Undoubtedly, there is much to be questioned about the making of this ranking, and the reason why we have decided to carry this research. Damien Duhamel, Managing Partner Asia of Solidiance, shares his thoughts on the necessity of the ranking and how this white paper can address the need to discover the best locations where innovation and ideas can thrive.


Why does this study compare cities instead of countries?

DAMIEN DUHAMEL: There are plenty of rankings listing the most innovative companies. There are also many different rankings of the most innovative countries. They are interesting to some extent, but we humbly disagree with this approach. You cannot compare innovation across countries. Comparing innovation amongst countries is a bit like comparing the punch power of a boxing heavyweight with that of a featherweight - the outcome is not very surprising. To be more accurate when measuring innovation, we ought to compare Shanghai and Mumbai, Hong Kong and Bangkok, or Sydney and Singapore, not China versus New Zealand. It is also fair to say that we are a lot more emotional about our city than we are about our country - this is truly an underrated dimension we wanted to add. The city is where we are born, where we have our first emotions, where we build our own ecosystem. The nation aims to envelop all that in all its cities. The city speaks to us every day, whereas the nation does so only once in a while. This aspect is so fascinating to review, that we decided to let everyone see that through a short video documentary we produced, which can be watched on

Why is innovation important at a city level?

DD: It is well-articulated by Victor Tay, the COO of Singapore Business Federation, in one of the interviews we did for the documentary. Competition is no longer at a country level but rather, at a city level. This refers to competition for the best things: jobs, talent, education, lifestyle, R&D, business environment, sustainable urban hub, etc. Every city authorities need well-defined strategies to offer an ecosystem that will attract only the best entities. Many large and not so large companies are now helping cities around the world to build more sustainable innovative cities. Think of Siemens, Schneider, Scania, IBM, etc. An innovative city will be able to sustain and lead growth as well as build a powerful city brand. The benefits are immense: London, Paris, New York, for example, are global brands on their own. Their name is enough to entice us to buy an associated product that has the “Made in Paris” feel (even if it is actually made in Shenzhen). No one can deny that innovative cities have a very strong edge above others. As such, we thought it was high time to measure innovation at city level in Asia.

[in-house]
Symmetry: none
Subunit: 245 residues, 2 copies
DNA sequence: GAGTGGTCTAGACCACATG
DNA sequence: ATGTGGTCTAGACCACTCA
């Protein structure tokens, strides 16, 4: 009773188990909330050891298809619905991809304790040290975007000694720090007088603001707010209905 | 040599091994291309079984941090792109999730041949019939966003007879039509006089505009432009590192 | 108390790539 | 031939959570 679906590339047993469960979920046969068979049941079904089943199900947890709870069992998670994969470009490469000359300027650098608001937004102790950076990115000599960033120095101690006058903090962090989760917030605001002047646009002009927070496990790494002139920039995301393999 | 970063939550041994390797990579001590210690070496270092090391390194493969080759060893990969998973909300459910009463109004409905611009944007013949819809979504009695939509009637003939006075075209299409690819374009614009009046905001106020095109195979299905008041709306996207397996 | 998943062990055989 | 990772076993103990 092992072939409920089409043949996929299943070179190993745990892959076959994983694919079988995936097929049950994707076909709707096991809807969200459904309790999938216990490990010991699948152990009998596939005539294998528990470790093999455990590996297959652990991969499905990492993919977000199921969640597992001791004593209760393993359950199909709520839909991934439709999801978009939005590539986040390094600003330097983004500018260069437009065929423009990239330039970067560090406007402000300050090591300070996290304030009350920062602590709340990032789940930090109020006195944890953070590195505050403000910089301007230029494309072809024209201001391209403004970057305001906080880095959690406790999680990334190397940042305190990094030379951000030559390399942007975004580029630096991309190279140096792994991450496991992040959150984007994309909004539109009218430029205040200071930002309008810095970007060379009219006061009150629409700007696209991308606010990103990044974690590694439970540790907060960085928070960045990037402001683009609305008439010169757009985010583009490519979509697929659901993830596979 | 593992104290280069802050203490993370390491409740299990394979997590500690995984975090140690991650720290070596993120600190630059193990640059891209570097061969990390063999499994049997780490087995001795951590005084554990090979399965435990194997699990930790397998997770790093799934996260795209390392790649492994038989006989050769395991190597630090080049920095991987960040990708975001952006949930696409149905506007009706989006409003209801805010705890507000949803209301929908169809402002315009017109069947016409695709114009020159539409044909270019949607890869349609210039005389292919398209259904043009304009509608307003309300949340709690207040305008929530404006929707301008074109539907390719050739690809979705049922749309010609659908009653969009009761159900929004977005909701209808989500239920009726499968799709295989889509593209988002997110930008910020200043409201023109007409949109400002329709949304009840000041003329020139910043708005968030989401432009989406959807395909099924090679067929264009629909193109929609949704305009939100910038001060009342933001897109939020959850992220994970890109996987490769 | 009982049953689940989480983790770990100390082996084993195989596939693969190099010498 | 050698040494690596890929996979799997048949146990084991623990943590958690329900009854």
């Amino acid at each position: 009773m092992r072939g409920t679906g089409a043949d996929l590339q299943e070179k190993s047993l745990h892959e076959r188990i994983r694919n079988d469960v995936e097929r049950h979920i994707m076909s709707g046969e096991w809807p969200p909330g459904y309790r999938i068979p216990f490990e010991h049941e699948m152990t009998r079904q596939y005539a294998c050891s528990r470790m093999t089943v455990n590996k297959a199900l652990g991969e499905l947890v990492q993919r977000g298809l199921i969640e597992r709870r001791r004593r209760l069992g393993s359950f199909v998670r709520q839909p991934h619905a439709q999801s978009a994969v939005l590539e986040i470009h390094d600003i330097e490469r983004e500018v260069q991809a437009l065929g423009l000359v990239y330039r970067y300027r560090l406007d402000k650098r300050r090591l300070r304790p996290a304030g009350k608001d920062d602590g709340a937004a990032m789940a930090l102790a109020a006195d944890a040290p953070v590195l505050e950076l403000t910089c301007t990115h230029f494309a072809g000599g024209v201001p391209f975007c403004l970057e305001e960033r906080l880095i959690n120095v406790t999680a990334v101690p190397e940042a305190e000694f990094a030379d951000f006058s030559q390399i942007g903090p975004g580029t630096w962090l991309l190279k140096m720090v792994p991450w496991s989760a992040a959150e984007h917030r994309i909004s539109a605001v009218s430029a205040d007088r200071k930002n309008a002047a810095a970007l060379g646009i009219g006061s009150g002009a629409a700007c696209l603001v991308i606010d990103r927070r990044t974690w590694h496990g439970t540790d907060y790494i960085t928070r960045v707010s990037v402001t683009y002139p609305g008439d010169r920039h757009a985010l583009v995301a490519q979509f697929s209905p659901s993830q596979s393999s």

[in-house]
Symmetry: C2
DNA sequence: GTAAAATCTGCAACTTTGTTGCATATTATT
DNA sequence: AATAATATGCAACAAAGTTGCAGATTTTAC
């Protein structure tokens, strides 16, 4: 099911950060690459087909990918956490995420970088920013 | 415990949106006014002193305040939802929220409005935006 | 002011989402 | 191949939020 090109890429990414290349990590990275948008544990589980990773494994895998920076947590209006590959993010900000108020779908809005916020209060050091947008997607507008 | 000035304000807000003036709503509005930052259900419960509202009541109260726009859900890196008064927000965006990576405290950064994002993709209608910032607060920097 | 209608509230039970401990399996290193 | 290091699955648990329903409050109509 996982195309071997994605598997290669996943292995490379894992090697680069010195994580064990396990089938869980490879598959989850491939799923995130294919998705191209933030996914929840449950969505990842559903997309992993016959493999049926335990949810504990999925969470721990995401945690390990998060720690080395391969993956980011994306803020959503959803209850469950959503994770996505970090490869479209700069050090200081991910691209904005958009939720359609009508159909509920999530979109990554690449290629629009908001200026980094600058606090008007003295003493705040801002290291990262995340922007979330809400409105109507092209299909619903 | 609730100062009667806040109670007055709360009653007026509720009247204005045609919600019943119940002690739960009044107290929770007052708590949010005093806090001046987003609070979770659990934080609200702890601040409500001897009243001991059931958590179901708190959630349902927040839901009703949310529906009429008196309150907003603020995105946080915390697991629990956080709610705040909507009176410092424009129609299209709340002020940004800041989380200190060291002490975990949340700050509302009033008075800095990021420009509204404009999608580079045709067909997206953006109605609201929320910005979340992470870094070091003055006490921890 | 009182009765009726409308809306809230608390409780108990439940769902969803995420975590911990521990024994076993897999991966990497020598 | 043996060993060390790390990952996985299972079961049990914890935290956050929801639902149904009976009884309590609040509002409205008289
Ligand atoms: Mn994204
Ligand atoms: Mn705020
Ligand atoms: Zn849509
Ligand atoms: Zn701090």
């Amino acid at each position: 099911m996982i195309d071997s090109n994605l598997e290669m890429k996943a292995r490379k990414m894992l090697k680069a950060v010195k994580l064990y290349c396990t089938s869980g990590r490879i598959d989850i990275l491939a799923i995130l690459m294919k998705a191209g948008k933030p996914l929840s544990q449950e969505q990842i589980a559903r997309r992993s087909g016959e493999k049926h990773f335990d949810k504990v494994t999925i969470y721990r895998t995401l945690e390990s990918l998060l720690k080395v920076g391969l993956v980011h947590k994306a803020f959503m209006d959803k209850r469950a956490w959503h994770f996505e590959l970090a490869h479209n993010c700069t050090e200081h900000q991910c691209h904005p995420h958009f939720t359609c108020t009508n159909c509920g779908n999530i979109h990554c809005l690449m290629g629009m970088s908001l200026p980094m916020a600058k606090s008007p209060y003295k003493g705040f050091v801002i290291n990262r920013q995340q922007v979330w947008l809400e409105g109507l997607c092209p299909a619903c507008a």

You talk about cities with innovative ecosystem, what is it ?

DD: It is something Solidiance had to define on its own because there is no generally accepted definition as of yet. We had to answer these two questions: “what makes a city innovative?” and “what kind of ecosystem do innovative cities have?”. It was not easy. Even though we had our own idea, over the last two years we went out to discuss this with dozens of Asia Pacific city leaders: city mayors / entrepreneurs / artists / activists / CXOs / political leaders / NGOs / academics, etc. to help us to clearly identify the key criteria that define an innovative city in Asia Pacific. The answer was multidimensional (as are ecosystems): Global Integration and Orientation towards Future, Government and Regulatory Framework, Human Talent, Knowledge Creation, Society (Culture/Art, Value, Systems, Ideology), and Technology. These are the key elements of what we believe make an Asia Pacific city innovative today. Afterwards, we went to test the model, sourced data to back it up and produced the ranking. This took us more than two years to get to this point.

How do Asian cities compare to the rest of global cities ?

DD: We did not compare cities globally - we focused on Asia Pacific instead, so we do not have a factual answer to this question. We decided to include the Pacific, as cities in Oceania are a bit different from the rest of Asia and would make a nice contrast as well as a more challenging “competition”. It would indeed be interesting to see how the Asia Pacific cities would fare against global cities. My view is that Asia Pacific cities would overall still be lagging behind some well-known Western cities. It isn’t due to a lack of vision or a lack of execution; it is simply due to the fact that urbanization is still ongoing in Asia Pacific and cities are changing shape constantly. For instance: look at how Singapore was 20 years ago, then the Hong Kong Island waterfront, Pudong in Shanghai, and the Melbourne CBD. These cities are going through drastic changes, they have grown quickly and are still growing. Some cities in Asia Pacific, namely our top 5: Singapore, Sydney, Melbourne, Hong Kong, and Auckland have realized earlier that innovation was key to their sustainability as regional economic hubs. They made the right changes upstream and are now enjoying the fruits of their investments, whereas other Asian cities have grown by default, without proper vision and planning. Chaos is ruling the highway and suffocating ideas. Being big and growing fast does not make you innovative - because to this extent you can easily compare cities and companies, and in fact there are plenty of very large companies that were not very innovative and went Chapter 11. So innovation itself does not confuse fat with fast. At the same time, a city needs to be innovative not to grow quickly. It needs to be innovative to sustain its growth.